The Horseshoes and Hand Grenades Theory of Richard Wolff

Dr. Richard D. Wolff is a prime example of that critically endangered species known as Marxian economists. His critique of capitalism centers mostly on Marx’s theory of surplus-value and it is, at least since the financial crisis of 2007, increasing useful. Wolff made his case for a new model of socialism back in 2012 when we were still coasting off the Occupy movement’s meager momentum and with a nearly-sympathetic ear in the White House. In his book, Democracy at Work: A Cure for Capitalism, he lays out his plan to replace capitalism with genuine socialism, which he distinguishes based on how the surplus-value of labor is allocated in a society. He dismisses Soviet-style socialist programs as “state capitalism”, where the surplus-value of labor is extracted by the state-apparatus in precisely the same way that capitalist do in what he terms “private capitalism”. I make similar distinctions, calling Soviet-style communism, a truly refined, monopolistic capitalism for the same reasons Dr. Wolff articulates.

For Wolff, there is only one way for a state to become truly socialist and that is to have what he calls “worker self-directed enterprises” or WSDEs. (He may be Marxian, but he shares the economists’ penchant for acronyms.) Such enterprises he concludes allow all the decisions and all the surplus-value to be wholly controlled by the workers engaged in the enterprise itself. This is what Marx intended by “socialism”, although not “communism”. It was self-controlled workplaces that required the “dictatorship of the proletariat”, which Marx saw as an intermediary between capitalism and communism. Wolff agrees, stressing that WSDEs will sufficiently resolve capitalism into genuine socialism.

Richard_D._Wolff_in_2015.jpg
Dr. Richard D. Wolff

To some extent, I believe Wolff is correct. The step he outlines is absolutely necessary for the evolution of capitalism (whether private or state, in his terms) to socialism. However, it is not sufficient. It does not address other forms for rent, such as landlordism and interest-driven banking. Neither does it treat the action of all workers, taken as a whole, as the monopoly Marx does. This oversight would leave the pressure to make a living off of one’s labor intact. Under Wolff’s plan, the proletariat inherits the role of the bourgeoisie, not so much replacing the political role of capitalism but collapsing the two Marxian economic classes into one. Again, this is a necessary first step, but the problem should be obvious: if you didn’t work, you would be oppressed by those who do, and a new sort of forced austerity would be exploited by the proletarians.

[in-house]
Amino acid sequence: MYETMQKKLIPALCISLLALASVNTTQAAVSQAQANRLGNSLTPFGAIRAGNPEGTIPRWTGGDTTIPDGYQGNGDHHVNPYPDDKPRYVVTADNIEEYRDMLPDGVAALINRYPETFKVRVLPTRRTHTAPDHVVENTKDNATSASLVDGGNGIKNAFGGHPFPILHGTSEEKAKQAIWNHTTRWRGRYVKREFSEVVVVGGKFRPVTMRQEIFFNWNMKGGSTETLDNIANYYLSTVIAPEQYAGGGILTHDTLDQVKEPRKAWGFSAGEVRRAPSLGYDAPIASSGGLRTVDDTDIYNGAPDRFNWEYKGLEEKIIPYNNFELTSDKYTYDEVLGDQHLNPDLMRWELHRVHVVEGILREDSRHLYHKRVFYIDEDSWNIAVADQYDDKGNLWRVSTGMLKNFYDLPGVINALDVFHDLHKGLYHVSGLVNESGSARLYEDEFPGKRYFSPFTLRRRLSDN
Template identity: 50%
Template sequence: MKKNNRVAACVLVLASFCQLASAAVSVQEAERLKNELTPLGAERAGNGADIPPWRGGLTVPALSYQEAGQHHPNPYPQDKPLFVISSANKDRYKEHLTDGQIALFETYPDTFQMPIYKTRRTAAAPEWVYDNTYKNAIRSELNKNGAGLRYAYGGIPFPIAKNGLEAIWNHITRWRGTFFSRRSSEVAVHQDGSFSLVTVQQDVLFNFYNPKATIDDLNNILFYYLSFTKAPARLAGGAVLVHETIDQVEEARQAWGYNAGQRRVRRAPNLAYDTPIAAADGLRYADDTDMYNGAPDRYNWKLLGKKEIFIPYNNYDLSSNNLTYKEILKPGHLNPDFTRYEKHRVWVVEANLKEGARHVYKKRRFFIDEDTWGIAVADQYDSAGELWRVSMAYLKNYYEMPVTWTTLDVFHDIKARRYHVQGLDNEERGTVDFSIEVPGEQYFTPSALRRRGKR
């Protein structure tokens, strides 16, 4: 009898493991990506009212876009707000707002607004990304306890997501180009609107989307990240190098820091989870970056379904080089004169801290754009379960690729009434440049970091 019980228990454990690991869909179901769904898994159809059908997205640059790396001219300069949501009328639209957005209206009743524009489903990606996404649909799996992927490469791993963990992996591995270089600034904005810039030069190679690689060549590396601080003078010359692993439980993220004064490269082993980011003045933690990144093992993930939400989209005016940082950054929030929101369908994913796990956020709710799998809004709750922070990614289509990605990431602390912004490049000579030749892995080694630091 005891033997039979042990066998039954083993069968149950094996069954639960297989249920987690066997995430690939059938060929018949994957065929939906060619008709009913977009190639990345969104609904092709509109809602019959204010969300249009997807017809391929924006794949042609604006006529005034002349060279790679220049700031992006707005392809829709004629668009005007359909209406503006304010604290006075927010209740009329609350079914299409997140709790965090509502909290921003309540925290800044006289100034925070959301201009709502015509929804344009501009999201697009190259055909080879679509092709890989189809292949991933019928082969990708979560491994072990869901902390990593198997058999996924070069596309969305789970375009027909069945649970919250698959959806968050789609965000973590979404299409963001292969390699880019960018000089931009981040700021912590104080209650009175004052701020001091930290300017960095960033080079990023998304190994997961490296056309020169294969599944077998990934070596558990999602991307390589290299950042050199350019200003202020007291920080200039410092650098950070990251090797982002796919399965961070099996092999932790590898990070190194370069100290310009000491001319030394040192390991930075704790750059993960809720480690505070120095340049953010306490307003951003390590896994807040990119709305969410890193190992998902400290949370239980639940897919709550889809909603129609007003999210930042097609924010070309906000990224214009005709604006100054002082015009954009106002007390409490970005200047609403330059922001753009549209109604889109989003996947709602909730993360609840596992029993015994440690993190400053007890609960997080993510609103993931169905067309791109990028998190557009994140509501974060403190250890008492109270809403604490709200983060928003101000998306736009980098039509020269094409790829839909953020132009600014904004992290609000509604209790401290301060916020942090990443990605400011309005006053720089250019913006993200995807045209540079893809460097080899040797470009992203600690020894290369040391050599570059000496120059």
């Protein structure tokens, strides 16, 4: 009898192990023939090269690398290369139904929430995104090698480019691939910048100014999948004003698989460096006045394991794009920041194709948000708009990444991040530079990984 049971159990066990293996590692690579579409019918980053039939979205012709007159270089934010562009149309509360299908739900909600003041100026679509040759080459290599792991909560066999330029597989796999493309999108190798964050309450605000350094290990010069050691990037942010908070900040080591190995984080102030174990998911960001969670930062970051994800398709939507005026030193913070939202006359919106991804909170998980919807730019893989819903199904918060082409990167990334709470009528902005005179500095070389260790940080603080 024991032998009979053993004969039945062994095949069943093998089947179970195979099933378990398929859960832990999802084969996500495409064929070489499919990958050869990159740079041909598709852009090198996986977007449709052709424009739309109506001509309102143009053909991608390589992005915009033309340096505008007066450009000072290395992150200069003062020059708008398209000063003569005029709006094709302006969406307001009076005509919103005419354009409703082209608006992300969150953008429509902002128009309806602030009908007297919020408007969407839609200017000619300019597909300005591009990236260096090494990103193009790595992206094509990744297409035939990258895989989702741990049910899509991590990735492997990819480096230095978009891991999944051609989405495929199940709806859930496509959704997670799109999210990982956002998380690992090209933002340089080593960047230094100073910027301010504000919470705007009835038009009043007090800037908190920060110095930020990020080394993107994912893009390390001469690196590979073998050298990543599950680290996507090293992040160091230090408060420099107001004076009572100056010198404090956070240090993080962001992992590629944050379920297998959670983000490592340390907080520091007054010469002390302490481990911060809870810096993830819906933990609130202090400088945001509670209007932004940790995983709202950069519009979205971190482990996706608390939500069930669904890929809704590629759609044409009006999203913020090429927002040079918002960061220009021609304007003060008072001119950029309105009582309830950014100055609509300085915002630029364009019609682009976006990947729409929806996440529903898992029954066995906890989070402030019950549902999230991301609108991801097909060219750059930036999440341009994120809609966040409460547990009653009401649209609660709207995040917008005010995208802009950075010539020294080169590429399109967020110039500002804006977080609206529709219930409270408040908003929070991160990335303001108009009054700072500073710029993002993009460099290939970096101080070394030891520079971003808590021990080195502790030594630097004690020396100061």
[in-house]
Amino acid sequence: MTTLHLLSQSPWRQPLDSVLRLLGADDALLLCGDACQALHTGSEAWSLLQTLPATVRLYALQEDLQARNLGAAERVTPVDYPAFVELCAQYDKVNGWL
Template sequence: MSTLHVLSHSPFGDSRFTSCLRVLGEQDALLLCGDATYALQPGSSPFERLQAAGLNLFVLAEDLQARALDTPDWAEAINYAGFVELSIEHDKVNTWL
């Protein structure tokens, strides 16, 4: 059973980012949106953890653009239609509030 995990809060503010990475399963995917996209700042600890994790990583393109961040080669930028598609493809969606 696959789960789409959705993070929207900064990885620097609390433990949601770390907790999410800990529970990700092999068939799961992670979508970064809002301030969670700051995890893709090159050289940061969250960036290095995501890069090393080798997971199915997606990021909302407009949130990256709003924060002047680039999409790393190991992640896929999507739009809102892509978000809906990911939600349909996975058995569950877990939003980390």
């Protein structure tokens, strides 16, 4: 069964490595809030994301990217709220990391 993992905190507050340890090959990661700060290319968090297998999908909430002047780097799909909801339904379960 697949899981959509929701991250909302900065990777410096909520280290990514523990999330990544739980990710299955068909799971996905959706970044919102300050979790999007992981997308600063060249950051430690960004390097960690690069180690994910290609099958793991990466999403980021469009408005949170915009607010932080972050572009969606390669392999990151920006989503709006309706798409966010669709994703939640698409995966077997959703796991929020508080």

The laborers would enact a kind of “capitalism of the proletariat” which would perhaps be the worst kind of socialist dystopia because it would be a form of capitalism that looks more like genuine socialism than any other yet conceived. It would prove too difficult to suss out the difference for many on the left and make its systemic problems hard to overcome than capitalism. The “capitalism of the proletariat” would look socialist because of the working class would be in charge, but only the working class as it was formerly conceived of by capitalists. The unpaid laborers, the sick, the old, the dreamers, the drifters, the poets and–dare I say it–the philosophers might all too soon feel themselves to be the new underclass in a world were “labor” is the new capital. We would have to look at other interests, such as our stake in having free time, and adjust our economic models accordingly if we were to escape this new nightmare. I don’t mean to sound upset with Wolff. Frankly, I think his work is brilliant. It’s just that we need more than WSDEs to convert capitalism into socialism.

 

 

 

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